Your Adoring Fans

adoringfansAs we diversify our communications methods, we’re running into more audiences. I mean, we always used to do that when we were just blasting messages through the big, fat pipe of the mass media, but now the public has admitted that they have feelings and thoughts and preferences. And some of those preferences are counter to the message that we push out. We say things and they’ve been empowered through social media to talk back. To yell back. To “express their constitutional right passionately,” as a friend of mine once said.

In public health, there is a certain segment of the population who doesn’t like what we say. They feel that many of the things public health does encroaches on their rights. From lead remediation to asbestos remediation to fluoridation to vaccines to isolation and quarantine. The anti-vaccine folks tend to be the loudest right now due to a now-disgraced theory that some vaccines can cause autism, but our field has struggled with this type of thing for a while. And I’m sure that it’s pretty much the same story for most government agencies. Police, food safety, schools, hell, government itself, all of us have detractors.

And normally, I’m one to take on those folks head on. Proactive communication, I say. Government agencies should be advocates, I’ve said. But a recent article that Denise Graveline published about your fans:

It’s an approach that can help focus your efforts and your message, not to mention your budget and productivity. As Seth Godin points out, “Instead of working so hard to prove the skeptics wrong, it makes a lot more sense to delight the true believers. They deserve it, after all, and they’re the ones that are going to spread the word for you.”

Should we be actively engaging with those who denigrate us? (I mean, besides the obvious correction of incorrect facts.) Or should we be concentrating on our adoring fans?

The rationale for these questions and which one is more important is exactly the same and it has to do with the ease of viral messages today. We just have to figure out which is more important to us:

Are you more scared of a negative viral message than you are excited about a positive viral message?

We live in an austere world and we need to make real decisions about where we focus our efforts. Should we be playing defense against bad things that someone might say about us that catch social media wildfire and are repeated everywhere? If so, we need to work to minimize the nay-sayers and work to convert them. Or should we be playing offense and trying to seed as many good things in the hopes that some of them catch social media wildfire and are repeated everywhere? If so, we need to identify, groom and make sure that our supporters have everything they need.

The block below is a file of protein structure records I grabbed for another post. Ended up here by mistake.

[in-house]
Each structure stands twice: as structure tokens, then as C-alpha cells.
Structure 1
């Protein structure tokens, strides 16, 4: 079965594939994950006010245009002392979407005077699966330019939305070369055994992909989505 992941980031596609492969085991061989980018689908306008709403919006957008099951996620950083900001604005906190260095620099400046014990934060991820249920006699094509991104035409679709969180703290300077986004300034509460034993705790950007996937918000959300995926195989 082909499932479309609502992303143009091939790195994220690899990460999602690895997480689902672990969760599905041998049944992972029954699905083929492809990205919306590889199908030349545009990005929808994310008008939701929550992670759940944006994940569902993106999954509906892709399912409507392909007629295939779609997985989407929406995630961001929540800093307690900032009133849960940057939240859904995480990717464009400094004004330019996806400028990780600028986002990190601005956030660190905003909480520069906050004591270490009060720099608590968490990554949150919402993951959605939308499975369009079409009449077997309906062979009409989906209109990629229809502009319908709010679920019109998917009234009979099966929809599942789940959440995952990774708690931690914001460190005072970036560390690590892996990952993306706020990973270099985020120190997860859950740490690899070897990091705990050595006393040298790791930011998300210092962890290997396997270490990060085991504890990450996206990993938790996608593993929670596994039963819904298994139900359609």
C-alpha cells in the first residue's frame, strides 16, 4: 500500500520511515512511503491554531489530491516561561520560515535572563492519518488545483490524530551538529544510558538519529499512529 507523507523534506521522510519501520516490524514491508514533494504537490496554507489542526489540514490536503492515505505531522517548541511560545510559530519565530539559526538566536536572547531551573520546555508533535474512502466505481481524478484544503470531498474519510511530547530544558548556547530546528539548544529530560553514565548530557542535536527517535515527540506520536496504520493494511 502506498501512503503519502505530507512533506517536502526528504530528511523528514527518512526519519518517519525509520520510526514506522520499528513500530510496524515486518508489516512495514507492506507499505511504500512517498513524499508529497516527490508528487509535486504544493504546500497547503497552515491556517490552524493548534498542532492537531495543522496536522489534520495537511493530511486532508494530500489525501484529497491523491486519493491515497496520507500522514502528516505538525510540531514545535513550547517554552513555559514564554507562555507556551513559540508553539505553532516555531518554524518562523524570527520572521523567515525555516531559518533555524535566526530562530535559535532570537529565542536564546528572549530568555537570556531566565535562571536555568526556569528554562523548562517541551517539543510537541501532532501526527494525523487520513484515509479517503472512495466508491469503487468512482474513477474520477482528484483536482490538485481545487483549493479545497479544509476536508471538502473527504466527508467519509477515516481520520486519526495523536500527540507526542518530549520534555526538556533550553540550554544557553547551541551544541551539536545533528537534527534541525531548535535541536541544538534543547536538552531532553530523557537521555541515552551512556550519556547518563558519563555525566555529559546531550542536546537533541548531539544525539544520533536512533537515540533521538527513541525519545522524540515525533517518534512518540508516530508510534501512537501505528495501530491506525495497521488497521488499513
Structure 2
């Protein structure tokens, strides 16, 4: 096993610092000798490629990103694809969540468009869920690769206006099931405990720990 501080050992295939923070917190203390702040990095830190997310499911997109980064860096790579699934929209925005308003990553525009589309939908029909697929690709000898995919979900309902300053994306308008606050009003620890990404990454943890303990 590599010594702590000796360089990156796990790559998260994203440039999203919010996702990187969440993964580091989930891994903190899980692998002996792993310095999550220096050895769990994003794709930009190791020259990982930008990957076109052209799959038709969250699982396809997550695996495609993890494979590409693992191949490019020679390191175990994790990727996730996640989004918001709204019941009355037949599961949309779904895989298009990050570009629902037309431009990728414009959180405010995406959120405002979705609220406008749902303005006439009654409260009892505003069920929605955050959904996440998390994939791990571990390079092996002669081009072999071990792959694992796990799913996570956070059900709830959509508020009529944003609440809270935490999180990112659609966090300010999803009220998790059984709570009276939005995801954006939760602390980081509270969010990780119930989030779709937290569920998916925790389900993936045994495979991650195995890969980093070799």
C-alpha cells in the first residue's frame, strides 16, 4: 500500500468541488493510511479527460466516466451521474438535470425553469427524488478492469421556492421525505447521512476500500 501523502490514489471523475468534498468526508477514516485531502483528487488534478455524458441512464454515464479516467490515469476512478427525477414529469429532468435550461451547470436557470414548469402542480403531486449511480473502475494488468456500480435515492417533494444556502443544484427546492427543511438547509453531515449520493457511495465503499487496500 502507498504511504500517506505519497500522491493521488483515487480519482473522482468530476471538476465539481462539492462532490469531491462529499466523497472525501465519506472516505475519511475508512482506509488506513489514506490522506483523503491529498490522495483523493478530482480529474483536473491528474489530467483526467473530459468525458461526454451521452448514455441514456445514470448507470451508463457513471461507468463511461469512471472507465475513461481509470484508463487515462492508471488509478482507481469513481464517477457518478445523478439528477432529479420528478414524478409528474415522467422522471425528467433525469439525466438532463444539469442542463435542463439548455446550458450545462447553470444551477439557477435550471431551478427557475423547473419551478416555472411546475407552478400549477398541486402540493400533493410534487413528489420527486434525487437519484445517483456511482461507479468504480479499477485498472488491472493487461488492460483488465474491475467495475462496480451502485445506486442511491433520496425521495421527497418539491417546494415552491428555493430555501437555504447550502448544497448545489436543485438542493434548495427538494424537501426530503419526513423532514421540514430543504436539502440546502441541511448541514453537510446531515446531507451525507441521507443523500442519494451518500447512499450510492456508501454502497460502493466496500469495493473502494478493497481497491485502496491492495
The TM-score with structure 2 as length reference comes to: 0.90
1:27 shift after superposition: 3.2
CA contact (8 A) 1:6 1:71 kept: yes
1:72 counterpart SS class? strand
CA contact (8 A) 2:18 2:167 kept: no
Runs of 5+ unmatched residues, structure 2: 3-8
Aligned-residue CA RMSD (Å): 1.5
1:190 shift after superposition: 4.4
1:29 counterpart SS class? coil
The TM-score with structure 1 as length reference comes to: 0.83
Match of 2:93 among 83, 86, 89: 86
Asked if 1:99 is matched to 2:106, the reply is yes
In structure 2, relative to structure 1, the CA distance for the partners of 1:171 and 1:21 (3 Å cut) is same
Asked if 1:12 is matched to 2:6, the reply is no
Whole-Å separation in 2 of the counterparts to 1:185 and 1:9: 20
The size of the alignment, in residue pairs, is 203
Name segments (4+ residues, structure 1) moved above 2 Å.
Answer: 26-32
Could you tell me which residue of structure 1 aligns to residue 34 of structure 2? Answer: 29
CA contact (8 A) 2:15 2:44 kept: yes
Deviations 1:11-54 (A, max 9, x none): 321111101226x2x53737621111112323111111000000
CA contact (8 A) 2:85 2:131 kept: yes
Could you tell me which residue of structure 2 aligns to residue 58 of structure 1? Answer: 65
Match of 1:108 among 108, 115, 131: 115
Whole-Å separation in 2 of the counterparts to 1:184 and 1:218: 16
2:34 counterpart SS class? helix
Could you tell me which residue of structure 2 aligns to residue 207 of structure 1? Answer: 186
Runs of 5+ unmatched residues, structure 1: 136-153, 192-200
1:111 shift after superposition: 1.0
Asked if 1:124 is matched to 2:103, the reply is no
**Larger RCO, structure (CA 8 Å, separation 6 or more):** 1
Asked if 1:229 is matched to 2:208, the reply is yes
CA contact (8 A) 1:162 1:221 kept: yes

This isn’t a decision you or I can make. This is something we as organizations need to make together. What does your executive want to do? Is your comms team set up for defense or public relations? And I don’t know which is better. If you would’ve asked me this question a few days ago, I have no idea what I would’ve said. But I wonder what you think now that I’ve phrased the question this way. I’d love to see your comments below!

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Profile Photo David B. Grinberg

You raise an interesting and important question, Jim. Here's my personal take:

Social media is all about engagement. That means the good and the bad. Thus ignoring any citizens or stakeholders may be the wrong way to go. If there's a negative comment then offer a diplomatic reply so the person at least knows they connected with "Big Gov".

If the comment is just plan nasty and inappropriate, then perhaps it's best not to respond or merely offer a boilerplate acknowledgement the you've received the message and thanks for the feedback.

Ultimately, gov employees work for the people, not vice versa. The great thing about social media is that it opens up new and more convenient lines of communication to engage the public more actively. And, by doing so, letting the public know that gov can be efficient, responsive and offer immaculate customer service.

In short, we need to leverage social media engagement to the advantage of enhancing communication and customer service with the citizens we loyally serve.

Thanks for considering this.

Profile Photo Kevin Lanahan

We usually have a set of talking points for any topic that may generate controversy. When we get comments that mention government intrusion, falsehoods and other FUD, we reiterate the talking points, usually along the lines of "Studies have shown that..."

You have to engage, but not on their terms.